By SUE MANNING, Associated Press Writer –
LOS ANGELES – Remember that old song, "How much is that doggie in the window?" For most Americans, it seems it's no sale.
More than half of people in an Associated Press-Petside.com poll said they would get their next dog or cat from a shelter, nearly seven times the number who said they would buy their next pet from a store.
And more than four in 10 said they thought store pets could have hidden medical or psychological problems. That's significantly more than those who expressed the same concerns about pets from animal shelters or breeders.
"I believe they overbreed the pets. I believe they couldn't care less about the pets, they're really in it for the money. I think you are more likely to get a pet at a pet store that is ill or has problems," said Sandra Toro, 62, of Colton, Calif.
Just 8 percent of those polled said they would get their next cat or dog at a store, while 13 percent said that's where they got the pet they have now. Fifty-four percent of those polled said they would probably get their next pet from a shelter, while 23 percent went for a breeder.
Toro, who has a 14-year-old rescue terrier mix named Dancer, said she doesn't understand how anyone can buy a pet from a store or a breeder.
"There are so many wonderful pets out there that will be euthanized," she said. "There's no reason for it."
John Knight, 45, of Dallas, got his 3-year-old mutt named Liesl (rhymes with diesel) from an animal shelter that was holding a weekend adoption day at Petsmart.
"There are plenty of animals out there that need good homes that don't have them. There's no reason to continue to breed animals when there are so many that have to be put down," he said.
When asked where their present pets came from, 26 percent said breeders and 30 percent said shelters — a much smaller number than said they would go to a shelter for their next pet. More than half of those polled said their dogs or cats came from places other than shelters, breeders or stores. They might have been strays, gifts from friends or favors for neighbors. Since some people have more than one pet, the numbers add to more than 100 percent.
"I've probably had 50 dogs and all but two came walking up our driveway," said Colleen Campbell, 71, of Fairview, Texas.
She and her husband have spent 50 years on their rural farm outside Dallas and it has been a perennial dumping ground for strays. They also take in any other animal that needs a home. Their vet talked them into Frito and Burrito, a pair of donkeys Campbell knew would need special medical attention.
The poll showed that dog owners (35 percent) were likelier to have gotten their current pets from a breeder than cat owners (5 percent).
Forty-seven percent of those polled said they were strongly concerned that an animal from a pet store would have medical issues they didn't know about, 38 percent had similar worries about animals from breeders and 32 percent were concerned about shelter pets.
As for psychological problems, 44 percent said they had significant worries about pet store animals and 33 percent worried about both breeder and shelter pets.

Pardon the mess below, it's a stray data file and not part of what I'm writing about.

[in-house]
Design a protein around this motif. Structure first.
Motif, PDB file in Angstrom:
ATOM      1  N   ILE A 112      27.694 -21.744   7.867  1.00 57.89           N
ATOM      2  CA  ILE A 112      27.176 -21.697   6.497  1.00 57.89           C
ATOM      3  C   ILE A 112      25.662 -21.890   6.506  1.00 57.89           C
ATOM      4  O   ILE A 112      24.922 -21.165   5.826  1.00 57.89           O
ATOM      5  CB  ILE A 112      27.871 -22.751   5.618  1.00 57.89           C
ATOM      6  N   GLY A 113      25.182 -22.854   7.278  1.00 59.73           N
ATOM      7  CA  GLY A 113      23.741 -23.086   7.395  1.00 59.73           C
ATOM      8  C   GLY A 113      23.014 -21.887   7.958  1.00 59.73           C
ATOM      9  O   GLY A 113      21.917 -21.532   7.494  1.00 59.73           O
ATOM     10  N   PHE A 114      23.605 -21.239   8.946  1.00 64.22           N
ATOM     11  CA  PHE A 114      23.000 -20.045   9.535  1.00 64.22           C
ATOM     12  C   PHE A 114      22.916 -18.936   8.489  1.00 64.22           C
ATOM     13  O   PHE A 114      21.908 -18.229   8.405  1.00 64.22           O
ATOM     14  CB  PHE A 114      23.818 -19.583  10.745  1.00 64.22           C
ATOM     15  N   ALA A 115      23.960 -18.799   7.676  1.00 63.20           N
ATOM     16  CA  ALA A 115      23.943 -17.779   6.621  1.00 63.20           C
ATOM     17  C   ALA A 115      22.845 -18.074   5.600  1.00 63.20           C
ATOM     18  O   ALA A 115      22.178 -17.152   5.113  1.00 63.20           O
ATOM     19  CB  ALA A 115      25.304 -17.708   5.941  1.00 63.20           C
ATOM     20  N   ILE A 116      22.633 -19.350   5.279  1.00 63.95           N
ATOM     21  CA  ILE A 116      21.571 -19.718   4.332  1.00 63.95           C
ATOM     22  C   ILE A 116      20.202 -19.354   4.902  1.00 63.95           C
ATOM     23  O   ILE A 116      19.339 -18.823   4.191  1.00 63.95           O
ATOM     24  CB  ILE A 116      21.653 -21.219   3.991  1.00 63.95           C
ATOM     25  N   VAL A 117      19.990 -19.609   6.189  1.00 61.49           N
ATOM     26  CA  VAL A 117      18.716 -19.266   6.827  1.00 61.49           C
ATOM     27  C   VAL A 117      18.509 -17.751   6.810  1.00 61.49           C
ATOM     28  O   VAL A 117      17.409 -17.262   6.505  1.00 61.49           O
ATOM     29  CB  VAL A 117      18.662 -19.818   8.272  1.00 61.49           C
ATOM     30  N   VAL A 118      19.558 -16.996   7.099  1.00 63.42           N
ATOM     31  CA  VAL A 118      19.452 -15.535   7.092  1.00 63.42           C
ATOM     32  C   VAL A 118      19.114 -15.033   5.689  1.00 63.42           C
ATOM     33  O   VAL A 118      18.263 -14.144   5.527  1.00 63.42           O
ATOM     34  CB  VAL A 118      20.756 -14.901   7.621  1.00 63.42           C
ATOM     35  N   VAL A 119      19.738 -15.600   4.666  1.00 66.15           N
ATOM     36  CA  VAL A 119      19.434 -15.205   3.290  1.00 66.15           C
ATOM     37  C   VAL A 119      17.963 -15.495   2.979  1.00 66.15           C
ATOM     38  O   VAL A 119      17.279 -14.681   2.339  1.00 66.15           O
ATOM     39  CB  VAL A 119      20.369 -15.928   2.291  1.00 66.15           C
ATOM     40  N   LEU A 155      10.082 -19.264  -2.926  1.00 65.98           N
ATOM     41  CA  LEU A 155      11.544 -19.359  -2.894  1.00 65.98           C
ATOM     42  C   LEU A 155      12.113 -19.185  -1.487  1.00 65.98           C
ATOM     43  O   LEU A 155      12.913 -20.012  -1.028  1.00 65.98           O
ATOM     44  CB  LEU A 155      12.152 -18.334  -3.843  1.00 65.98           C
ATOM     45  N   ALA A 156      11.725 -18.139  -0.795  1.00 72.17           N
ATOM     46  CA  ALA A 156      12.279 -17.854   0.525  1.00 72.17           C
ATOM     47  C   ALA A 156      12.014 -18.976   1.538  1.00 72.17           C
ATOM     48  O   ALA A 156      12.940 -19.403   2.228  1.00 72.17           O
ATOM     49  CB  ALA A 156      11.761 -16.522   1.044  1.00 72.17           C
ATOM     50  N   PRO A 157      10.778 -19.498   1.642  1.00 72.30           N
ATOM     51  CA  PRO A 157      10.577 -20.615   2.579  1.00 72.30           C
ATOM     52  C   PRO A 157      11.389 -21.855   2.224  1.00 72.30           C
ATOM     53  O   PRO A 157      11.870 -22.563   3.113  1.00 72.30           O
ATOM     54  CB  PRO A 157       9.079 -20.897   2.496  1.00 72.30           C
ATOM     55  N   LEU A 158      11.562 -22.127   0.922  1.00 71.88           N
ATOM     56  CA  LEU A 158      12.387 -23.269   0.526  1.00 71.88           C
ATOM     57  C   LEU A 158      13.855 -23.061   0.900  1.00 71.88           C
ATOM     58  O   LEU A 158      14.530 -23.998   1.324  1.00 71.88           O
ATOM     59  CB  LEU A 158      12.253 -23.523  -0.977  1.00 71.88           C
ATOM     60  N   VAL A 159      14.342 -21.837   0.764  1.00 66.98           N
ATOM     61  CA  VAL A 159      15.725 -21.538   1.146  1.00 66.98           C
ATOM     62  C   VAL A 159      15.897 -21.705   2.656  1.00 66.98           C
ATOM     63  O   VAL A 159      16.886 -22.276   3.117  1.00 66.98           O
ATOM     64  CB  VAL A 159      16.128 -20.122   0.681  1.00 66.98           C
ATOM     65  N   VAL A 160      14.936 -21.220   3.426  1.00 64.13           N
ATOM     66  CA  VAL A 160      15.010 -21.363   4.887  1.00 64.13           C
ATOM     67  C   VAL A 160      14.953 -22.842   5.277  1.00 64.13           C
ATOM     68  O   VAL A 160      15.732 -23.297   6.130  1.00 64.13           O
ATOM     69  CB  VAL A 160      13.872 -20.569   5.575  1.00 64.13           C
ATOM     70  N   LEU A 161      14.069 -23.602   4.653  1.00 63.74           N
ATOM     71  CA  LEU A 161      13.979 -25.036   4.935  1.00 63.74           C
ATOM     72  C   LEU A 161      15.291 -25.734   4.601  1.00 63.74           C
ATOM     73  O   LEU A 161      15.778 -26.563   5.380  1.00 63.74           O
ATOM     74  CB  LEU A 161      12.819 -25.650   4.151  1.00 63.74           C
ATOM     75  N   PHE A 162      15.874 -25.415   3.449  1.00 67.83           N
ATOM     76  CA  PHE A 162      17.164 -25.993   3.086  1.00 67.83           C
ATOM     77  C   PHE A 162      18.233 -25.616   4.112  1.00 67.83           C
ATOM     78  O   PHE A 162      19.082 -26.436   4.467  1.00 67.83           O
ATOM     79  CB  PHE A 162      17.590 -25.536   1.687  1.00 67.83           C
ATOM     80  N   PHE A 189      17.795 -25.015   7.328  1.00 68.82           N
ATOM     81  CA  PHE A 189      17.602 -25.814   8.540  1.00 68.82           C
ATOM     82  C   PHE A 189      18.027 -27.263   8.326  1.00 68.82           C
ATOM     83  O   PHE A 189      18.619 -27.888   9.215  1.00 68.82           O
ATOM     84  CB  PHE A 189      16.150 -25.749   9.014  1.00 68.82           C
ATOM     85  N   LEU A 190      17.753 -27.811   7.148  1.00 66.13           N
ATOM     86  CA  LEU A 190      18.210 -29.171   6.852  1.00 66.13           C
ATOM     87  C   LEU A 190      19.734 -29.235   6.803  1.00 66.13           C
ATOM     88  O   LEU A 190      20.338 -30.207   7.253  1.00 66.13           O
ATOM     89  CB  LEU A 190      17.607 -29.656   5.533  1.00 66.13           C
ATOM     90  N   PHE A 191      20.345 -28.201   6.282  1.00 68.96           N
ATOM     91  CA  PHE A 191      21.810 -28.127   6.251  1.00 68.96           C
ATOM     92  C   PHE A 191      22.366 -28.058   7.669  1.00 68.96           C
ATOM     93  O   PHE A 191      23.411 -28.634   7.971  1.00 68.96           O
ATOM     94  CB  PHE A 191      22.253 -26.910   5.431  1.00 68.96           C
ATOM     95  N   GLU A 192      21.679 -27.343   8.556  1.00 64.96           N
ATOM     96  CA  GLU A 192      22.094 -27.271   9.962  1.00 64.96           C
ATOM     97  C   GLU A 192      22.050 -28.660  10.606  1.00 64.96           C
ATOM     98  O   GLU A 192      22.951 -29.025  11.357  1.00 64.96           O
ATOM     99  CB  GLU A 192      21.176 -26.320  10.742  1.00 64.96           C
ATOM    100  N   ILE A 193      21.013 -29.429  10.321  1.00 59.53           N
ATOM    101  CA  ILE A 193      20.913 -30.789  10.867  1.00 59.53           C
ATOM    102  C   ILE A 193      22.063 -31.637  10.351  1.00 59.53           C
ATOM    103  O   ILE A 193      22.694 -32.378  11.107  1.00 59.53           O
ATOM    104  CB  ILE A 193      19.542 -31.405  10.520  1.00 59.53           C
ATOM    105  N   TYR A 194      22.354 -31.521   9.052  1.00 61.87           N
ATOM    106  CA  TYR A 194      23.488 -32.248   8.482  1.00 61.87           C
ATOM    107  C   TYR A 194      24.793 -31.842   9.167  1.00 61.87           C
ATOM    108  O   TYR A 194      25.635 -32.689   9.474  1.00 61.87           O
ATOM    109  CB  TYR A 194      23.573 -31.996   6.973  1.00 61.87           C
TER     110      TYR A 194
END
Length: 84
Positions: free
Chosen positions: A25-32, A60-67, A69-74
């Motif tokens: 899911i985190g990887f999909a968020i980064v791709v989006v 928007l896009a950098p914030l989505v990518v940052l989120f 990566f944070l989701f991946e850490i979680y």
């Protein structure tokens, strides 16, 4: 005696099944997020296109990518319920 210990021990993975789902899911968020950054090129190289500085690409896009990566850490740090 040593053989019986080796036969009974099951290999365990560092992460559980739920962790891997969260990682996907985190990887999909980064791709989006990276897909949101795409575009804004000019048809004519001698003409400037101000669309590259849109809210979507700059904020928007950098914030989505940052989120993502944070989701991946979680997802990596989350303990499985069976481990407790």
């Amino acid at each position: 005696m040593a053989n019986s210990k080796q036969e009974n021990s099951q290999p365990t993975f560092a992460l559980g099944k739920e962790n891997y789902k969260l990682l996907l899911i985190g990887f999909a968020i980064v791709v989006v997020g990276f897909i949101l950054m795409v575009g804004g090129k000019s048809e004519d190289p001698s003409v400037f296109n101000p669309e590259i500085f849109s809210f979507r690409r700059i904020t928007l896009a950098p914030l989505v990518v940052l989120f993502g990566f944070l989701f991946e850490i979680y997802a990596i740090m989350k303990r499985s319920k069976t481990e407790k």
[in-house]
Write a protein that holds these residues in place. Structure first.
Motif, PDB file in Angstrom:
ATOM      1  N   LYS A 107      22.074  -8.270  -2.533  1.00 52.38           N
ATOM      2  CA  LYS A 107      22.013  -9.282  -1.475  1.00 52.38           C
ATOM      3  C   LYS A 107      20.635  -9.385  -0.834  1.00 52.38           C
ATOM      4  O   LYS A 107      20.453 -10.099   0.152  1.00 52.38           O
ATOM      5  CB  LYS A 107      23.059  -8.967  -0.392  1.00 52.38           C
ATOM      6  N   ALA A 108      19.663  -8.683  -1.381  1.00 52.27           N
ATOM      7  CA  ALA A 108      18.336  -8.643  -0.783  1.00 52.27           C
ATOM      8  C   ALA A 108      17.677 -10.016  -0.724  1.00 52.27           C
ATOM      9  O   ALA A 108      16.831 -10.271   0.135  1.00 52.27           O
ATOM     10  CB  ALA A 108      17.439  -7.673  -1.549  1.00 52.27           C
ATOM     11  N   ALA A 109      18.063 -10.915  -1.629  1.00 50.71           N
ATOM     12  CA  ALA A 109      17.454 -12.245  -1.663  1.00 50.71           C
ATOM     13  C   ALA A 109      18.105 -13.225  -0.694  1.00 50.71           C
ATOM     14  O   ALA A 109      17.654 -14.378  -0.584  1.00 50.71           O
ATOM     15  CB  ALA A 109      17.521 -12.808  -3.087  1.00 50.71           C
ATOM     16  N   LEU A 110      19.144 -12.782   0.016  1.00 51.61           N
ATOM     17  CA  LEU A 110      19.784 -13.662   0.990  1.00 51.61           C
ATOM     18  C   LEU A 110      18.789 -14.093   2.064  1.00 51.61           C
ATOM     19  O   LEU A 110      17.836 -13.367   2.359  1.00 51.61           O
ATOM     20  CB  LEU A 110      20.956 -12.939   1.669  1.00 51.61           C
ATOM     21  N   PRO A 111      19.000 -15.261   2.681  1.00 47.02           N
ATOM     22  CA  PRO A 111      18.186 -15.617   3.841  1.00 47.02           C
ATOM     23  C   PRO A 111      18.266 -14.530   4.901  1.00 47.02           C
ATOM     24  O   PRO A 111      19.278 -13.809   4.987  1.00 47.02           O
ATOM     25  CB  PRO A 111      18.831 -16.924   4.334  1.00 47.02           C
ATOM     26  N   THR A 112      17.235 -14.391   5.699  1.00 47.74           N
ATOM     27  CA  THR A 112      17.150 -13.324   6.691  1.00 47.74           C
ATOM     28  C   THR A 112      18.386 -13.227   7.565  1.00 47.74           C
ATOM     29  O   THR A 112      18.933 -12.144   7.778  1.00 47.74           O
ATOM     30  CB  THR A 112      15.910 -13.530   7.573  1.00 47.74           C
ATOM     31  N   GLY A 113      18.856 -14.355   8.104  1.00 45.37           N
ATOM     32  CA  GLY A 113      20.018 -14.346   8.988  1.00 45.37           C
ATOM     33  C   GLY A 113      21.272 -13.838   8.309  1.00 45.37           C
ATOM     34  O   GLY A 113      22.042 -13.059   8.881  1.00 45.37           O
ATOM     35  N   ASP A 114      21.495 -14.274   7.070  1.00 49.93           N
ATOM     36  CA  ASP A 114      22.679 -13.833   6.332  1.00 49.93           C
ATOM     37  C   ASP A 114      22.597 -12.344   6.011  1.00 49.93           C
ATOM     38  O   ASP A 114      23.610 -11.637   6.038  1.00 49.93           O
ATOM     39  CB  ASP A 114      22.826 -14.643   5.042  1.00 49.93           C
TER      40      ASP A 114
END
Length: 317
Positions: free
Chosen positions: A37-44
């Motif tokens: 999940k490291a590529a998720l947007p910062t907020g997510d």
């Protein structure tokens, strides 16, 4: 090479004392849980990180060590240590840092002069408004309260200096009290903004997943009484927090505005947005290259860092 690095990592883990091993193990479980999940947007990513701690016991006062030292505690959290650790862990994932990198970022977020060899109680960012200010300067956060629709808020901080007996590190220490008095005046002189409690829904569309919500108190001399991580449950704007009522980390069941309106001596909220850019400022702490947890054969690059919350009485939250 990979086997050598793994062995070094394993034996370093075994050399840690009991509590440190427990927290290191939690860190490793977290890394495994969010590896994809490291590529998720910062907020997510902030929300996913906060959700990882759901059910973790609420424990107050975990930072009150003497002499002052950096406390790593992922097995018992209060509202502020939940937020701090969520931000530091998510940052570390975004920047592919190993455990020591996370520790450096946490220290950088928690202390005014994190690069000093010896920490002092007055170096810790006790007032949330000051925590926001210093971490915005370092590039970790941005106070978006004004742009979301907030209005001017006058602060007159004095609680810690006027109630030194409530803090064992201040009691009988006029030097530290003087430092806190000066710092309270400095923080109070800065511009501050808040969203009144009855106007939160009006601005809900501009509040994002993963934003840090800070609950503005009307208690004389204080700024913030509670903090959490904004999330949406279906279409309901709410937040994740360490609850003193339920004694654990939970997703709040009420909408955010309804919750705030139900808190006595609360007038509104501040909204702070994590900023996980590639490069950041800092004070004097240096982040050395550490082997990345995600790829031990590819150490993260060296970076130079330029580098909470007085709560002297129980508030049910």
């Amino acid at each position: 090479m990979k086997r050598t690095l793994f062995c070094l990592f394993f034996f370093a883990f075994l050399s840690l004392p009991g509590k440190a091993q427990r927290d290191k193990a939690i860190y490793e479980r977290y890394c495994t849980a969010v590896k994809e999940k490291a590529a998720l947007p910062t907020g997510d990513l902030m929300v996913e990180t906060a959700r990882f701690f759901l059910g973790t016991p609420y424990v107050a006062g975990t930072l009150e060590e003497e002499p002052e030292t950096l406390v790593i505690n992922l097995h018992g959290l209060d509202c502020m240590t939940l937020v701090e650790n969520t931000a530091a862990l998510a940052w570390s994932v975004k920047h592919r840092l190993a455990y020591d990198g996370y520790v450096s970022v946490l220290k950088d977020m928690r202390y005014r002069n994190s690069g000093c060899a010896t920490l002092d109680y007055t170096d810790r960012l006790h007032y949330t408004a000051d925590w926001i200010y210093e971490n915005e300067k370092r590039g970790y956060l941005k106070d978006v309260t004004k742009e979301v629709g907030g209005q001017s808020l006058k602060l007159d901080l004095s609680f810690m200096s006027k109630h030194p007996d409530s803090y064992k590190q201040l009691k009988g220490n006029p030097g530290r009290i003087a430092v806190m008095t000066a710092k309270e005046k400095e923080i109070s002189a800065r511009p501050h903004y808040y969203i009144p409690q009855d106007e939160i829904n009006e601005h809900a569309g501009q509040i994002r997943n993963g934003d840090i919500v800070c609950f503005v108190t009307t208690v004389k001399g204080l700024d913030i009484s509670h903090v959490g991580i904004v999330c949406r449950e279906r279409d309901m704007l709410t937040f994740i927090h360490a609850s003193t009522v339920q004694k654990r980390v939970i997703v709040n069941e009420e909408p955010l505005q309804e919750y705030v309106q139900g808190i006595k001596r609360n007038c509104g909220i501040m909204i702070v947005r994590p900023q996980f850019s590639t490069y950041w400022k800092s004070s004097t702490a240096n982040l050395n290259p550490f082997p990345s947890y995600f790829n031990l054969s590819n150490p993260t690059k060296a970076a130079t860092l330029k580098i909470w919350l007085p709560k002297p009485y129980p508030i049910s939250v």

Fitting in with the family was of concern to everyone: 33 percent for stores, 30 percent for shelters and 28 percent for breeders.
When Mike Stoutenburg, 36, of Mishawaka, Ind., and his family are ready for their next dog, they will probably go to a breeder, he said, because they want an Australian shepherd. He is sure he could see any health problems in a puppy, but said he would ask his vet and groomer to check the pet out for any mental problems because the dog will be around a very young and active child — and his 3-year-old son "loves to grab things."
"Our groomer is extremely knowledgeable about animals. We trust her opinion," Stoutenburg said.
Bill Machut, 40, of Rolling Meadows, Ill., got his dog, Sidney, a Siberian Husky, from a pet store when the dog was 8 weeks old. That was 12 years ago.
If he were looking for a new pet, "I would buy from a pet store again. And I wouldn't rule out a breeder if I was looking for a certain breed. But I would probably start off at the shelters," he said.
He said most people expect things like kennel cough or worms. "There is an assumption there is a good chance there is some sort of health issue, especially being at a shelter. You deal with it. It's not that big of a deal," he said.
Several years ago, they got Sidney a playmate from a shelter, knowing before they took her in that she was sick. "She had seizures from the get go. We knew she wasn't going to be a long life dog. We had her six years."
People under age 30 (17 percent) were likelier to say they'd get a pet from a pet store than older groups (all were 7 percent or less).
The AP-Petside.com Poll was conducted April 7-12, 2010, and involved landline and cell phone interviews with 1,112 pet owners nationwide. It has a margin of sampling error of plus or minus 3.3 percentage points.
Associated Press Polling Director Trevor Tompson, AP News Survey Specialist Dennis Junius and AP Writer Alan Fram contributed to this report from Washington.
Wednesday, May 12, 2010
Americans Turn More To Shelters For Their Pets
Every canine companion since I left home has been a shelter-dog, a foundling, or simply a volunteer: